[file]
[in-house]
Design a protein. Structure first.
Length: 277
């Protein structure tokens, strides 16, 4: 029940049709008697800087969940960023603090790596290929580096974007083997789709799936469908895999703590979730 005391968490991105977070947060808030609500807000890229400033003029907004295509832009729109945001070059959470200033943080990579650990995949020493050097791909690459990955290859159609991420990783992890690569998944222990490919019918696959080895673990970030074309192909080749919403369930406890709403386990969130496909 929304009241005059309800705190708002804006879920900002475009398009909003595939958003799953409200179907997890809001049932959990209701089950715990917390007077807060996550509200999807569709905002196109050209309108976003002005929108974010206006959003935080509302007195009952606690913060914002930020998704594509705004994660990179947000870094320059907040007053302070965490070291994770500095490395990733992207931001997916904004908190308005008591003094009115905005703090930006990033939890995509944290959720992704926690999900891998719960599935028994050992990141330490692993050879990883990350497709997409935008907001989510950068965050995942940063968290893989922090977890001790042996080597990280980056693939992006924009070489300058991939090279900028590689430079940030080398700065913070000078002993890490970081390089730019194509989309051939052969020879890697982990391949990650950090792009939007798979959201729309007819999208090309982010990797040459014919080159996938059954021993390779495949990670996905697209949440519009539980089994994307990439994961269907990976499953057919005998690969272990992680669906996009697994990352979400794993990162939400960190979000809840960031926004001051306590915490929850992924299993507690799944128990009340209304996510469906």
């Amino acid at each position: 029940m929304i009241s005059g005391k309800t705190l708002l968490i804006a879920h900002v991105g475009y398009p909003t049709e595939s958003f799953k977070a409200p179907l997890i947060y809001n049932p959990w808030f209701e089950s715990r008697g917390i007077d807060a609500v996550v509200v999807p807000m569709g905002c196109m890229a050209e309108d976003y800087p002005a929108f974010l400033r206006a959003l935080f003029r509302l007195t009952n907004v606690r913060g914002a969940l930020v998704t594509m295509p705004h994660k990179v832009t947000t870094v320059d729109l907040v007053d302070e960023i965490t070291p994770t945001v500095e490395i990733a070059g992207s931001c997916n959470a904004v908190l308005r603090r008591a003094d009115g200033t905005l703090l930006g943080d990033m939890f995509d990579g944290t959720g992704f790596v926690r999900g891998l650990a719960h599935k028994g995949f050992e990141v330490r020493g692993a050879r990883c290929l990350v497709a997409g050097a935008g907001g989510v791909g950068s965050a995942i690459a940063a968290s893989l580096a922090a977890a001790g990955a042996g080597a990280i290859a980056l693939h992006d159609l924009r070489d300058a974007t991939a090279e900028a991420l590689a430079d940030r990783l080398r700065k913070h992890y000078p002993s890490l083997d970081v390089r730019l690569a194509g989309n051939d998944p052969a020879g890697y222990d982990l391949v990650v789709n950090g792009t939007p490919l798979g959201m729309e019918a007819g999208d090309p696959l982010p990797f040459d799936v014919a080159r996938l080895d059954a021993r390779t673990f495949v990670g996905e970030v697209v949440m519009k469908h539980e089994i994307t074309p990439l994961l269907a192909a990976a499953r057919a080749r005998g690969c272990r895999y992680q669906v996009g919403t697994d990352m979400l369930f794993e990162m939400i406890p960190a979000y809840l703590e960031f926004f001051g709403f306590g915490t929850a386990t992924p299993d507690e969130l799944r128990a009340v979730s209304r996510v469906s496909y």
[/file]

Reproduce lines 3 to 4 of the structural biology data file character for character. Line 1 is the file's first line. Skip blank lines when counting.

Length: 277
């Protein structure tokens, strides 16, 4: 029940049709008697800087969940960023603090790596290929580096974007083997789709799936469908895999703590979730 005391968490991105977070947060808030609500807000890229400033003029907004295509832009729109945001070059959470200033943080990579650990995949020493050097791909690459990955290859159609991420990783992890690569998944222990490919019918696959080895673990970030074309192909080749919403369930406890709403386990969130496909 929304009241005059309800705190708002804006879920900002475009398009909003595939958003799953409200179907997890809001049932959990209701089950715990917390007077807060996550509200999807569709905002196109050209309108976003002005929108974010206006959003935080509302007195009952606690913060914002930020998704594509705004994660990179947000870094320059907040007053302070965490070291994770500095490395990733992207931001997916904004908190308005008591003094009115905005703090930006990033939890995509944290959720992704926690999900891998719960599935028994050992990141330490692993050879990883990350497709997409935008907001989510950068965050995942940063968290893989922090977890001790042996080597990280980056693939992006924009070489300058991939090279900028590689430079940030080398700065913070000078002993890490970081390089730019194509989309051939052969020879890697982990391949990650950090792009939007798979959201729309007819999208090309982010990797040459014919080159996938059954021993390779495949990670996905697209949440519009539980089994994307990439994961269907990976499953057919005998690969272990992680669906996009697994990352979400794993990162939400960190979000809840960031926004001051306590915490929850992924299993507690799944128990009340209304996510469906």